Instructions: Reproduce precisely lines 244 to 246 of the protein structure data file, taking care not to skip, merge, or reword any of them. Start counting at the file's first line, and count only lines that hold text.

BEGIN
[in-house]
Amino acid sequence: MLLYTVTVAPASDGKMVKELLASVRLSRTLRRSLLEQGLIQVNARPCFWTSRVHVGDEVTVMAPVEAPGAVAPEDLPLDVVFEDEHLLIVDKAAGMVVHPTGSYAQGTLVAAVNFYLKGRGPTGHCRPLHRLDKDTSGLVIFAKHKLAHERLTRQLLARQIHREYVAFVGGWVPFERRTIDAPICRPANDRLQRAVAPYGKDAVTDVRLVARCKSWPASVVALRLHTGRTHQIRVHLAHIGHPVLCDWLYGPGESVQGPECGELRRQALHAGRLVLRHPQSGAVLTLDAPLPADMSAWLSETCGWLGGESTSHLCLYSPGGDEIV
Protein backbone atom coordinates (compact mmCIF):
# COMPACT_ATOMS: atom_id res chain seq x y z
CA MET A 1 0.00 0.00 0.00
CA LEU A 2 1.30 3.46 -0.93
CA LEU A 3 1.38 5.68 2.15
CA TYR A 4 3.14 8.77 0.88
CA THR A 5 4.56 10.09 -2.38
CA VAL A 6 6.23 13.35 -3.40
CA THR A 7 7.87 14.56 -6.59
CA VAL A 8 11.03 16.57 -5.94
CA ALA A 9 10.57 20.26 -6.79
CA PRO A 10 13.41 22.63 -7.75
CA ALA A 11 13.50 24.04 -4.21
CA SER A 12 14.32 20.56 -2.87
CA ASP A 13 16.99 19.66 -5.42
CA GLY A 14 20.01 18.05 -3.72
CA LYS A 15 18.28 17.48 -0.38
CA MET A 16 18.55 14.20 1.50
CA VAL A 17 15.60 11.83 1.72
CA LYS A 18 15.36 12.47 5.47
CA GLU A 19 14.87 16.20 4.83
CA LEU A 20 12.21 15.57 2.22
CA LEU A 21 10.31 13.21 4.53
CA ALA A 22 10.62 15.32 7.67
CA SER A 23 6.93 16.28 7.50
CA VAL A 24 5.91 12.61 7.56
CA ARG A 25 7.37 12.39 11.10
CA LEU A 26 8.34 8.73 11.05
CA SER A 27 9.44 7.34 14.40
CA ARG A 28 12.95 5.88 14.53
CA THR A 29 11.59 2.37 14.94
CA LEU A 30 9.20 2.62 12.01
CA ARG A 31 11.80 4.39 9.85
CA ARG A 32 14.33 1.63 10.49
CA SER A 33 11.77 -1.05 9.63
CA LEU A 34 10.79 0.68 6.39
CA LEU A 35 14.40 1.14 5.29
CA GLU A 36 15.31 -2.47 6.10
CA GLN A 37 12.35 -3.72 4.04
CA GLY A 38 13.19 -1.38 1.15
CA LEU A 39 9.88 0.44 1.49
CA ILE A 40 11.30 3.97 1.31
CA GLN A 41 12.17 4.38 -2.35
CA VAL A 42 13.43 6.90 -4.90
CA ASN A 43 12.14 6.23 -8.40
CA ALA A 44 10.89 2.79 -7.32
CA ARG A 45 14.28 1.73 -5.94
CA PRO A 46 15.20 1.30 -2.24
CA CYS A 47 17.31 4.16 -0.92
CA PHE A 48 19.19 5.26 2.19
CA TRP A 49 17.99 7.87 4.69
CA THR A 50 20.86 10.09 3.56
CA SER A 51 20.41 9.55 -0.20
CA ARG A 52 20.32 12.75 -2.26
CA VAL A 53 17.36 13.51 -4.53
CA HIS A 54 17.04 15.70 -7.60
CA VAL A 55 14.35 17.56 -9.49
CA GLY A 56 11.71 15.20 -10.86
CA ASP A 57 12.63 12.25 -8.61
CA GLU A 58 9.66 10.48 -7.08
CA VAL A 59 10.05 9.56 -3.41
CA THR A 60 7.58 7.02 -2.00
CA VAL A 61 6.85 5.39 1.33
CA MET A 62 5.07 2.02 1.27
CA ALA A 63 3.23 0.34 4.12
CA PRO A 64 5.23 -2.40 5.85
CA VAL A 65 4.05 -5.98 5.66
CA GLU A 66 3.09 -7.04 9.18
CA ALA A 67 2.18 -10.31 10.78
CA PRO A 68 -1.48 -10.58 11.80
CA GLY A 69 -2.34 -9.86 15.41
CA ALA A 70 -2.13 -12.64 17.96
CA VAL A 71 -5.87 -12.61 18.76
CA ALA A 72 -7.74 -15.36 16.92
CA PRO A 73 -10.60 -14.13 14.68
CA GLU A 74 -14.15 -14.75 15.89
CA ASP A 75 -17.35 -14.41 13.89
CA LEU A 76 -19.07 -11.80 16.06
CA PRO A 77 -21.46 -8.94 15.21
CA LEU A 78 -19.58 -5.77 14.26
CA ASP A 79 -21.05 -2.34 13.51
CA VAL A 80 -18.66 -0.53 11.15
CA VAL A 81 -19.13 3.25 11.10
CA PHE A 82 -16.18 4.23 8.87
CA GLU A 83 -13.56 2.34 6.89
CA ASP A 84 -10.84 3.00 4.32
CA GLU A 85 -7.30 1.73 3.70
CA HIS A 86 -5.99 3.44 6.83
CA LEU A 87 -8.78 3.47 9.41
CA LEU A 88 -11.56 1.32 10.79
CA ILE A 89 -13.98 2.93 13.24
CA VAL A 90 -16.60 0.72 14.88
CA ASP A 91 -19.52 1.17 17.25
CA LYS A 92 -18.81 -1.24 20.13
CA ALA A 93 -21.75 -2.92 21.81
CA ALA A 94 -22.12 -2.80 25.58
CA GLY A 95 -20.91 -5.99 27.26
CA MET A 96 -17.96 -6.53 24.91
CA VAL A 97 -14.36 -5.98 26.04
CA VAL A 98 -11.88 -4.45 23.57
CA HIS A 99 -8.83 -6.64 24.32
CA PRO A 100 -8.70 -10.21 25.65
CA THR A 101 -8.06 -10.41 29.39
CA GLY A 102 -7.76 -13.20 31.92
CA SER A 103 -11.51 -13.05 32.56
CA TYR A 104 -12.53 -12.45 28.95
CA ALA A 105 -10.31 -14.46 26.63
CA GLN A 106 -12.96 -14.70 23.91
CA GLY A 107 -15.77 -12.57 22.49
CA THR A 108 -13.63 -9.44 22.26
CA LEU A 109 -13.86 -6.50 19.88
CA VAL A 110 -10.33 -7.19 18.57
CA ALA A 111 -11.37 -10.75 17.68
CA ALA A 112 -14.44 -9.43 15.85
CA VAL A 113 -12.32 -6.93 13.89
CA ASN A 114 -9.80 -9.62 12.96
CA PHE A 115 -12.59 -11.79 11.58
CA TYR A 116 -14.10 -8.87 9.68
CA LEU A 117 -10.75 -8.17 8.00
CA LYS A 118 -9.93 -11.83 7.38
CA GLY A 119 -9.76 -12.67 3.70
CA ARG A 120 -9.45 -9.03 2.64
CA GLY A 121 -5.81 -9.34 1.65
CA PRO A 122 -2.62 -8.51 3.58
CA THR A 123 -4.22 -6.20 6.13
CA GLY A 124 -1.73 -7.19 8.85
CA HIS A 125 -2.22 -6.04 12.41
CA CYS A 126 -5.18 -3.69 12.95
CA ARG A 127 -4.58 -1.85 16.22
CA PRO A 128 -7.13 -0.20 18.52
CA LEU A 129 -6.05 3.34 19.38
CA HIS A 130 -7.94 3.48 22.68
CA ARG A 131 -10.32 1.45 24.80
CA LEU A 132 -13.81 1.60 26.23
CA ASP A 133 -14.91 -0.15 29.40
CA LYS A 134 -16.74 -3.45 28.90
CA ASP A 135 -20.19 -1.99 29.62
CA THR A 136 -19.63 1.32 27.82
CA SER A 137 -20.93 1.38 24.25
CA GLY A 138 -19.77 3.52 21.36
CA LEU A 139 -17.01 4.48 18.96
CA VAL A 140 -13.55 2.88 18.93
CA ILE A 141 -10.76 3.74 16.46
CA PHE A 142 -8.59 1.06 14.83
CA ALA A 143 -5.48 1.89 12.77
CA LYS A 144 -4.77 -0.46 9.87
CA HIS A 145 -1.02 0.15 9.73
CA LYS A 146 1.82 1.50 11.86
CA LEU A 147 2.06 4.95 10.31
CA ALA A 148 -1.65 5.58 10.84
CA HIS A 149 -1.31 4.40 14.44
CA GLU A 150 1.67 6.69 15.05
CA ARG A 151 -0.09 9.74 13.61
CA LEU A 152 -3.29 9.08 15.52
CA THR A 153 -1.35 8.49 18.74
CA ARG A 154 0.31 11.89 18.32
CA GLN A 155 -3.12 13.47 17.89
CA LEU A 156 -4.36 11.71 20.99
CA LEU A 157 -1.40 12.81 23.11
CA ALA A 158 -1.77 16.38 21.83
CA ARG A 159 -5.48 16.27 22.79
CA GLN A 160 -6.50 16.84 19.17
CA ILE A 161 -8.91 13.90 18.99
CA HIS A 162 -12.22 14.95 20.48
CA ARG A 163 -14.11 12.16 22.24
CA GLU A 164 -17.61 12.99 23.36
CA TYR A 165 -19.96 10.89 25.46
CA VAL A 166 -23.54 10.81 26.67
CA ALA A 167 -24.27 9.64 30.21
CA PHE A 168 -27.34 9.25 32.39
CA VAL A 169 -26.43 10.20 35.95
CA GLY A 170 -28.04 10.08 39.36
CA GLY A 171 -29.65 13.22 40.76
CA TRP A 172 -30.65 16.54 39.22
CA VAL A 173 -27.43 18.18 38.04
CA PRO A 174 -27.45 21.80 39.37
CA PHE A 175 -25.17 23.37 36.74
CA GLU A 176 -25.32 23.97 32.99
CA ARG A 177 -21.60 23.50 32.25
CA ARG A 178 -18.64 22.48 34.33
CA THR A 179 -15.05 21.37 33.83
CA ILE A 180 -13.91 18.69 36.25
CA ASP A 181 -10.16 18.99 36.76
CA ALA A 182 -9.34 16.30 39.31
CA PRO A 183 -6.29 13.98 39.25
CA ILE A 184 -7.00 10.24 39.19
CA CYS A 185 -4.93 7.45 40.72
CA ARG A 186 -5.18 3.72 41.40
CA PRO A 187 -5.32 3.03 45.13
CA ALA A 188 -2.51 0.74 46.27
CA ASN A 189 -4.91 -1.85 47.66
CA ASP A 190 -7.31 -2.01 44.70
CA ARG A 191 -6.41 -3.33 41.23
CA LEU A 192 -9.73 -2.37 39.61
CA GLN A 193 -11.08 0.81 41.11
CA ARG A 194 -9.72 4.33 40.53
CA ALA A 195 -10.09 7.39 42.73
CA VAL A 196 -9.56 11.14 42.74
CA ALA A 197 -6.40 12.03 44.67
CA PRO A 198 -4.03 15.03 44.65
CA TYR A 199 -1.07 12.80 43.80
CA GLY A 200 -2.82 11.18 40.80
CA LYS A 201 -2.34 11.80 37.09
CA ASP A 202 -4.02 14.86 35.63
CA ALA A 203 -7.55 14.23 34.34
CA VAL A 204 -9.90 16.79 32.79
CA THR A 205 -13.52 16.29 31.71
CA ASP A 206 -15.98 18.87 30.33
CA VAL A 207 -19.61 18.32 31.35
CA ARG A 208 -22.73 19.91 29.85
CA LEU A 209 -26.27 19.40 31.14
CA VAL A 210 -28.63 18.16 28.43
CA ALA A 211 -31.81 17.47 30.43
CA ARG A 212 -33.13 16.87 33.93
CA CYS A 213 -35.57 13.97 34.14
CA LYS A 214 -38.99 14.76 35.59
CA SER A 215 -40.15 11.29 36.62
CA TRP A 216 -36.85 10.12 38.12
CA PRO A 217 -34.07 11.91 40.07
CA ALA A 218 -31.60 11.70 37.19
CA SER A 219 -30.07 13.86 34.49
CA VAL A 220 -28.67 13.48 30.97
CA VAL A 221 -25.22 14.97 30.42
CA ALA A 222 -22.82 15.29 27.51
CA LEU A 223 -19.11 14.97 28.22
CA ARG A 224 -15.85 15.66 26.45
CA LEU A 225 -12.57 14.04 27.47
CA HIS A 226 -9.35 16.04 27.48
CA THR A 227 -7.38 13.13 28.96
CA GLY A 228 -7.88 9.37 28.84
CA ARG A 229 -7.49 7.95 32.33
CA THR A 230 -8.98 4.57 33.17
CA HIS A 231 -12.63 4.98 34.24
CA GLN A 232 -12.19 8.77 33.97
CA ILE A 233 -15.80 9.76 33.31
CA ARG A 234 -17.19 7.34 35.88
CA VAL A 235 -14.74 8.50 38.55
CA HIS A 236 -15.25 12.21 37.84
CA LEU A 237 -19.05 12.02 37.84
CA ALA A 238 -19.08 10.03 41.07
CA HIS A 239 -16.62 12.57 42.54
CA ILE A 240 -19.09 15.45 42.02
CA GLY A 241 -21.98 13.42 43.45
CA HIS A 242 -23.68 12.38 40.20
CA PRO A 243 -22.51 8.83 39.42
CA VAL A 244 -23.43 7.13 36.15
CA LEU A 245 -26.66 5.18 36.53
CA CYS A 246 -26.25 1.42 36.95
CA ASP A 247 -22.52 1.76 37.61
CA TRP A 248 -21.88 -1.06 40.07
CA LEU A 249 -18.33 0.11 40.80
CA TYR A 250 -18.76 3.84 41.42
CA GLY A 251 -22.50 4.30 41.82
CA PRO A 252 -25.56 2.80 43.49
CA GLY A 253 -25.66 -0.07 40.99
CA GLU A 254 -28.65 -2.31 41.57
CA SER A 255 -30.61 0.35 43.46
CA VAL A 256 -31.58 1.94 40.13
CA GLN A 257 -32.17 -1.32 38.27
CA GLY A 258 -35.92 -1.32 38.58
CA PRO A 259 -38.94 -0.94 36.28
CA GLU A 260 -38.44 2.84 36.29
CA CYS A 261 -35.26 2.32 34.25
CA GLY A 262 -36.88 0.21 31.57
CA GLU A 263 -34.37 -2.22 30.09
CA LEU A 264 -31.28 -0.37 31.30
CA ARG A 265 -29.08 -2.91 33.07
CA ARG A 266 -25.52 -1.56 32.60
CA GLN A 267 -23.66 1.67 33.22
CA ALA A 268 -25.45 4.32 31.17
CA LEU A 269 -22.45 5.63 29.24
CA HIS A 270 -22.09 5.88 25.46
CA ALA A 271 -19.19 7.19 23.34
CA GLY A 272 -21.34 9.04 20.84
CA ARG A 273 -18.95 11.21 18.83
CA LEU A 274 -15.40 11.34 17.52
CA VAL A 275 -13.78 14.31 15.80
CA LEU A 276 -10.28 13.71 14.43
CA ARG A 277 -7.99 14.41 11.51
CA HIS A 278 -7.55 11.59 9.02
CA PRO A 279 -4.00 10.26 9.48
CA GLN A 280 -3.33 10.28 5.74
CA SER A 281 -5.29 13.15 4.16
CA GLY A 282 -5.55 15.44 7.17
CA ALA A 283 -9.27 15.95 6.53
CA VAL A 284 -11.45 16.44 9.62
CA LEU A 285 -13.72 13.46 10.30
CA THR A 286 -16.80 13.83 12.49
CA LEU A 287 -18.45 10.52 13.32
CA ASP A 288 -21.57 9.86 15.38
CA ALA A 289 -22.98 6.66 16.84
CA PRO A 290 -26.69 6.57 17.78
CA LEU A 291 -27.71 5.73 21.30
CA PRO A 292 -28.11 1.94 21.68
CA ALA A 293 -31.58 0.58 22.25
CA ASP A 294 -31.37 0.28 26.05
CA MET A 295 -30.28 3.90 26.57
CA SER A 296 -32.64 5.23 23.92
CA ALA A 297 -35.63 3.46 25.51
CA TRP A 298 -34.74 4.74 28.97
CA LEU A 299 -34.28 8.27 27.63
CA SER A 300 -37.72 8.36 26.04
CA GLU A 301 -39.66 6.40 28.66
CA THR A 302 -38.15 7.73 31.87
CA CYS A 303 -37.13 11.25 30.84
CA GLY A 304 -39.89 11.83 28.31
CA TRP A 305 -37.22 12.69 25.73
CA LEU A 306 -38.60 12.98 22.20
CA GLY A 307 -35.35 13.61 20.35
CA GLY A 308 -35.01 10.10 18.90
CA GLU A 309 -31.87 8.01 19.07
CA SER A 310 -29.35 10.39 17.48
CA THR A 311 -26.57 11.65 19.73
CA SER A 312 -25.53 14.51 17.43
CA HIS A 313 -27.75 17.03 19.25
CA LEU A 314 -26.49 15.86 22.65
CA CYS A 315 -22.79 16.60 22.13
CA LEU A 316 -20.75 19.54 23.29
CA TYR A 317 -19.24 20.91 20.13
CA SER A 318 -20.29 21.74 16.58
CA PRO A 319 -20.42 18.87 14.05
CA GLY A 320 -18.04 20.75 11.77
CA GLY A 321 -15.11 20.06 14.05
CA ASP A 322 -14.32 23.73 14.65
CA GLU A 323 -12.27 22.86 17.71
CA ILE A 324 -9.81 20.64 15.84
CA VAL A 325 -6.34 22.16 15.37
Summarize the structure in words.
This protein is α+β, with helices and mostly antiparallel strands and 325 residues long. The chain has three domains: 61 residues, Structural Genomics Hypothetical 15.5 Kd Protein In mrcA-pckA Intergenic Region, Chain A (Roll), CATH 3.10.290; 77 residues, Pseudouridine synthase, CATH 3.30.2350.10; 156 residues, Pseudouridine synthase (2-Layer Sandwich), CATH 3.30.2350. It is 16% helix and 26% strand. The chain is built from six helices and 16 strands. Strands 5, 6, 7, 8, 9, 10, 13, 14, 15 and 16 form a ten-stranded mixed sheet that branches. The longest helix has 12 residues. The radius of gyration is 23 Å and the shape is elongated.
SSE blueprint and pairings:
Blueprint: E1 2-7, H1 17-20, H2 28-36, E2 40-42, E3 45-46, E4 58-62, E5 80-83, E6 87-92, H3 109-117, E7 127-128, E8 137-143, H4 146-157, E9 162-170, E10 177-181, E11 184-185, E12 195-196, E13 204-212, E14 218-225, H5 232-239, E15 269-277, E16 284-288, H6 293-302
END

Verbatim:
CA ILE A 240 -19.09 15.45 42.02
CA GLY A 241 -21.98 13.42 43.45
CA HIS A 242 -23.68 12.38 40.20